Alternative data the next frontier for lending tech

Written on the 30 October 2019 by Matt Ogg

Alternative data the next frontier for lending tech

"All the technology, processes and procedures that we build are constantly evolving, and I think that's what's separating us from the giants in our space and the legacy lenders," says Jacaranda Finance founder Daniel Wessels. 

For most people the word association with "subprime" would be "mortgage crisis" - the cumulative bubble of too many uncreditworthy people getting access to easy money, the failure of the USA's biggest banks to assess risk properly, a proliferation of foreclosures and ultimately the GFC. 

Jacaranda Finance founder Daniel Wessels was still in his teens as that financial carnage reaped destruction across global markets in 2006, and belongs to a generation that has largely eschewed credit cards while embracing neobanks and innovations like buy-now pay-later (BNPL).

Since 2014 Wessels has built a business on lending to individuals most banks deem "unbankable", paying close attention to compliance while harnessing tools that allow for a better prediction of creditworthiness.

"It's harder for us to lend someone three grand than it is to get a mortgage," says Wessels, who won this year's Brisbane Young Entrepreneur Award in the Finance category and will be one of many competing for the top prize at the national awards on 16 November.

"We have to go through a pretty regimented process by law - we have to look at 90 days of statements, we have to take into account income, all expenses, etcetera to get the full financial picture of where they're at, whereas banks are all chasing mortgages.

"Because they've [banks] got such good security backing the asset, they were happy to take risks, and they were doing cowboy stuff for a long time. But this Royal Commission really shook things up."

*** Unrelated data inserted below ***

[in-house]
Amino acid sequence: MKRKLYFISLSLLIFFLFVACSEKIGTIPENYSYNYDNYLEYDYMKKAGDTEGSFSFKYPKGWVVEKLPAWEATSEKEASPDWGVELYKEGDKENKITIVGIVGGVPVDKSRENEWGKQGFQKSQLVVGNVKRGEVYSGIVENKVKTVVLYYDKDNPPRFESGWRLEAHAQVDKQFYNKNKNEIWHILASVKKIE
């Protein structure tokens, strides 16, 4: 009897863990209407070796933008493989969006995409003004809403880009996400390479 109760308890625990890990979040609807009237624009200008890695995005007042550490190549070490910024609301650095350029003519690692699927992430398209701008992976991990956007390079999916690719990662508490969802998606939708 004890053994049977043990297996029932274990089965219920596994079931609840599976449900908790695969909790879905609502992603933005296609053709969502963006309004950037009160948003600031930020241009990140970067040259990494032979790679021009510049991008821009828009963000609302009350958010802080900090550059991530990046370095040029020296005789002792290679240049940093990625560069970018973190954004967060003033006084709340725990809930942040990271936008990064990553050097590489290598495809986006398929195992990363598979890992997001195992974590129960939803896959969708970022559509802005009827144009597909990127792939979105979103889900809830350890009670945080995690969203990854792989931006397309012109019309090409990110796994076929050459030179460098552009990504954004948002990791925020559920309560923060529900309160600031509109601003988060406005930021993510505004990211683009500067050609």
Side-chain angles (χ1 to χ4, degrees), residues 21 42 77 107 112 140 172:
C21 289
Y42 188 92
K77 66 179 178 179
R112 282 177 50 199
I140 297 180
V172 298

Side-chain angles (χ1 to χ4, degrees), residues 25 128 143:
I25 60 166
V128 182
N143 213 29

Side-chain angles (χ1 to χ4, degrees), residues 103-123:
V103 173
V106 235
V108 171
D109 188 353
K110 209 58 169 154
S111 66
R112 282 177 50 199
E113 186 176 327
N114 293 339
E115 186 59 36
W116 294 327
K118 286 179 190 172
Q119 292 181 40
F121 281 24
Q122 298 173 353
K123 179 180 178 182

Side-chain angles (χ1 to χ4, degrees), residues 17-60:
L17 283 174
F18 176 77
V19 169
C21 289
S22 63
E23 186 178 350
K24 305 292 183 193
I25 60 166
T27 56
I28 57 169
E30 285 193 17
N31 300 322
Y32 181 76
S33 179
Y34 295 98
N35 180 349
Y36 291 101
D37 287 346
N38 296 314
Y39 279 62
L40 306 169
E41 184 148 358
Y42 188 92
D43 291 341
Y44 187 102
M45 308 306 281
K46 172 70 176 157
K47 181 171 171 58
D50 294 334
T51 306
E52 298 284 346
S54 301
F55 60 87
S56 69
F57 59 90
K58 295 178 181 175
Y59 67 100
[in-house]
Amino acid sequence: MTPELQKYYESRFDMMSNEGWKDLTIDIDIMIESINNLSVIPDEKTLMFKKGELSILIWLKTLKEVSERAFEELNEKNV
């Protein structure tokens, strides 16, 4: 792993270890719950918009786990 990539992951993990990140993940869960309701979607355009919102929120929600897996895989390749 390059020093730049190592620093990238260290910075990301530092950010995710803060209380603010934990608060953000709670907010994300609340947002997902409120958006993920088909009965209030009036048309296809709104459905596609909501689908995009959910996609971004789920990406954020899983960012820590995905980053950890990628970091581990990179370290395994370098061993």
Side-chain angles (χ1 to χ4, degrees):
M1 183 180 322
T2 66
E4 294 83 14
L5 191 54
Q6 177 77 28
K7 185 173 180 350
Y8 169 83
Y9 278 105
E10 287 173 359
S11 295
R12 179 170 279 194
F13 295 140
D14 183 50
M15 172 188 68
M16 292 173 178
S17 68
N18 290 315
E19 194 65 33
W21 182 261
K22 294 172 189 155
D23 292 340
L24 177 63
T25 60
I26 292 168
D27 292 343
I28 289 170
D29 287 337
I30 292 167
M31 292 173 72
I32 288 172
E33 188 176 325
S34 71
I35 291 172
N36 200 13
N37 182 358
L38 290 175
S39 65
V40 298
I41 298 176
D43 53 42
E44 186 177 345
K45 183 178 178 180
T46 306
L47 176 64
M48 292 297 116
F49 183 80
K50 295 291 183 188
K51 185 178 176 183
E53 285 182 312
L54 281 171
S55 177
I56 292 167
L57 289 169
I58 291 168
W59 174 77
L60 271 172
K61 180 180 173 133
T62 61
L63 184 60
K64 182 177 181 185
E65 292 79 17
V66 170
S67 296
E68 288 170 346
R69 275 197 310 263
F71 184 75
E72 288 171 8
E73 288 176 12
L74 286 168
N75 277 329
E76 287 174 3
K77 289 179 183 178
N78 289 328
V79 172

To make Jacaranda Finance's rigorous process feasible, the group has used machine learning and advanced algorithms "to be able to make those decisions much quicker than 99 per cent of competitors in our space".

"The second phase was getting that instant banking into play, and the feedback has been phenomenal - people are loving it.

"What's really important is there's responsible lending and responsible borrowing, so there's an onus on both sides of the fence. Obviously the 'unbankable' are considered vulnerable lenders."

But how do these algorithms work? Wessels summarises them as pointing the lender in the right direction, using bureau data like a bank would but also application data, and day-to-day transactional data to determine the how, where and why of the borrower's expenditures.

"We use thousands of data points to determine if someone is likely to pay back their loan."

"Our back-end machine learning platform, has automated what a human would traditionally have done to gather average income, expenses, how many dependants they have, and we've built that in line with how ASIC (Australian Securities & Investments Commission) measures minimum affordability - we use the Henderson Poverty Index.